Are your Audit fees rising?
The Big Four accountancy firms and the other larger nationals clearly realise that it’s a seller’s market when it comes to audit services – their audit fees have jumped by over 10% over the last year.
If you want to cut your audit fees, it’s time to start looking beyond the big-name accountancy firms for a better deal.
Despite the increase in the audit threshold both small and larger companies rely on us for a better deal. We offer first-rate audit services, but with a more client focused approach.
Your company may qualify for an audit exemption if it has at least 2 of the following:
- an annual turnover of no more than £10.2 million
- assets worth no more than £5.1 million
- 50 or fewer employees on average
Benefits of an audit
Provides validity of the accounting process
An external audit provides an objective overview of a business’ accounting process. By giving business owners insight on the accuracy and validity of their company’s accounting information, business owners who do not have an in-depth understanding of accounting principles are able to better grasp the financial situation of their business.
Furthermore, an external audit provides business owners with the opportunity to work closely with external auditors to look at their accounting process with a critical eye and work on making improvements.
Errors in the accounting process may prohibit business owners from making the best decisions. Audit procedures are designed to detect errors in the system and fraudulent activity. External audits also ensure that the recording of the financial transactions is according to generally accepted accounting principles (GAAP). This essentially helps business owners cover their back when it comes to following the many rules and regulations that come with accounting within a registered entity.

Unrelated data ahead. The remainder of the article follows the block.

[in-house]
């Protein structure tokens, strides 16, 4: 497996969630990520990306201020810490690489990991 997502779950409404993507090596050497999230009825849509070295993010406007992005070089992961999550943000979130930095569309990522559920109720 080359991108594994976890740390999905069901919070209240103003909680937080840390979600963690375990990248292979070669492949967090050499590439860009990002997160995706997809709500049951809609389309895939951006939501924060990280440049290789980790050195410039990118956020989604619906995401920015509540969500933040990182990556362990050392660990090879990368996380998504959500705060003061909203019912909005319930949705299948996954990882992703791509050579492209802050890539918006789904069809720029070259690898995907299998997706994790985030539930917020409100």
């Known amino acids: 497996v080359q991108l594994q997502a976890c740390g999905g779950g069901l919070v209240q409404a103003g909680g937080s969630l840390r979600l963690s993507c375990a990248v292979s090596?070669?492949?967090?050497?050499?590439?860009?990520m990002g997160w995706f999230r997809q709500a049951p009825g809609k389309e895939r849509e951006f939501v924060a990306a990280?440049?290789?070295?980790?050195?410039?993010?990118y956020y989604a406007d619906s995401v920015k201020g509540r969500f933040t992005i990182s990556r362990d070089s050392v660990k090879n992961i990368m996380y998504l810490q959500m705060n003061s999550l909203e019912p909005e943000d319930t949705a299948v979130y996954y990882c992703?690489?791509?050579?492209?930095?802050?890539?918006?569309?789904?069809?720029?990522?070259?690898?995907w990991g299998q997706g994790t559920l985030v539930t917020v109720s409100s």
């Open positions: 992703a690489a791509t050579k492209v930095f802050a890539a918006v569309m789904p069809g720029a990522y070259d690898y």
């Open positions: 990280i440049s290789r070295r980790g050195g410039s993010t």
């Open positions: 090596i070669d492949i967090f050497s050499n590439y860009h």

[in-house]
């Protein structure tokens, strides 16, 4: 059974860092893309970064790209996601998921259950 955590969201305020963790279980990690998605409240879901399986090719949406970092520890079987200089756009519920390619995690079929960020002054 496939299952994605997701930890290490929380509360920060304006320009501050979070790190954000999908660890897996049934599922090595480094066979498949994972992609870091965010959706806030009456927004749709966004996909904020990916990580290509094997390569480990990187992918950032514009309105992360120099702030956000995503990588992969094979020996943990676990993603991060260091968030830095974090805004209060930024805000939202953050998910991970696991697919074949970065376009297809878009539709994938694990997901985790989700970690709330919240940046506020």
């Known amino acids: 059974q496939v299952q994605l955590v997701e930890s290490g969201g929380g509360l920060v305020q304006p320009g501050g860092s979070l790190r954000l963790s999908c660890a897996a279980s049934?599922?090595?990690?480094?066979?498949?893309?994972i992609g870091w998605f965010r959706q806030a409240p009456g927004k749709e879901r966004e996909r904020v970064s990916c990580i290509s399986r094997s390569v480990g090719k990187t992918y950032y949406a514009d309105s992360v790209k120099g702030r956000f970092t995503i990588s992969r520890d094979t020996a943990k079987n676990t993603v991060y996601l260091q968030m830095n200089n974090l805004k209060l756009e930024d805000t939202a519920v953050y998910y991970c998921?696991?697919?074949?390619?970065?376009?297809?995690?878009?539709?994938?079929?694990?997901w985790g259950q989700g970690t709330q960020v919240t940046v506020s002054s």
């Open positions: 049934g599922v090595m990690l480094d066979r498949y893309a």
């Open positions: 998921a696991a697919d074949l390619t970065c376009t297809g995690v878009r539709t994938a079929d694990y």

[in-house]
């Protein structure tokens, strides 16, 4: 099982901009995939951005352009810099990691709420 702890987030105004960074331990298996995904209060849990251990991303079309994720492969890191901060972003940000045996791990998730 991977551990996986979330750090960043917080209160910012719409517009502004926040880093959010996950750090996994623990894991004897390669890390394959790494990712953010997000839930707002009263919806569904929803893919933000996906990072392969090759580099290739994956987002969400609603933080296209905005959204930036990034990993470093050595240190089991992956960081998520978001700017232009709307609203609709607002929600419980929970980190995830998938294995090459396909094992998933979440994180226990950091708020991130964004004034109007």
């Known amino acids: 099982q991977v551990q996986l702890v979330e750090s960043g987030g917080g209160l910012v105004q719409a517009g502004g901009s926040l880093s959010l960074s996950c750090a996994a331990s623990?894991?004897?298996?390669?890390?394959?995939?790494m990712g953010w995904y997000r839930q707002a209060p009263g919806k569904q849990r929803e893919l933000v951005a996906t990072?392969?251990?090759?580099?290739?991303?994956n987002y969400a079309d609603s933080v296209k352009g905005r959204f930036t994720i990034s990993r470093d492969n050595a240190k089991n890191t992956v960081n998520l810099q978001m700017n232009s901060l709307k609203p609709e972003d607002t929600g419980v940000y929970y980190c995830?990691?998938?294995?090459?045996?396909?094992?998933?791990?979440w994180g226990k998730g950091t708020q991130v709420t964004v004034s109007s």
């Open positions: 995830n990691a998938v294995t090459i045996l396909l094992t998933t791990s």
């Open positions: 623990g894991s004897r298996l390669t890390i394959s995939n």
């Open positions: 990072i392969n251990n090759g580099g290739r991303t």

Identifies weaknesses internally (and suggests improvements)
Having weaknesses within your internal structure is inevitable – what matters is how you tackle them. Some companies prefer to sweep their weaknesses under the rug and continue to operate with blinders on. However, business owners always have the option of taking an assertive approach by giving underperforming areas within their company the attention they’re due.
An audit assures company directors who are not involved in the accounting functions on a day-to-day basis that the business is running in accordance with the information they are receiving and helps reduce the scope for fraud and poor accounting.
So, not only does an audit enhance the credibility and reliability of the figures being submitted to various stakeholders (shareholders, employees, customers, suppliers, investors and tax authorities), but it also provides assurance to shareholders that the financial figures show a true and fair view.
The management letter
A management letter is addressed to the management of the company to bring attention to any control deficiencies that could result in the inappropriate collection of data for financial reporting or compliance purposes. This means that the management of a company is given a value-added service where the weaknesses within the business have been identified and can be addressed moving forward.
A management letter can be viewed as a formal communication intended to help improve the organisation.
Why are audits useful in the long term?
- If owners are planning to sell their business in the foreseeable future, potential buyers will refer to audited financial statements as part of their decision-making process.
- Credit ratings may be affected if an audit has not taken place.
- Suppliers and banks may not be prepared to give the required credit limits without an audit.
If you are required or see the value of a statutory audit, why not get in touch to find out how we can help you by contacting Martin Garrity (firstname.lastname@example.org) or Stephen Hinchcliffe (email@example.com).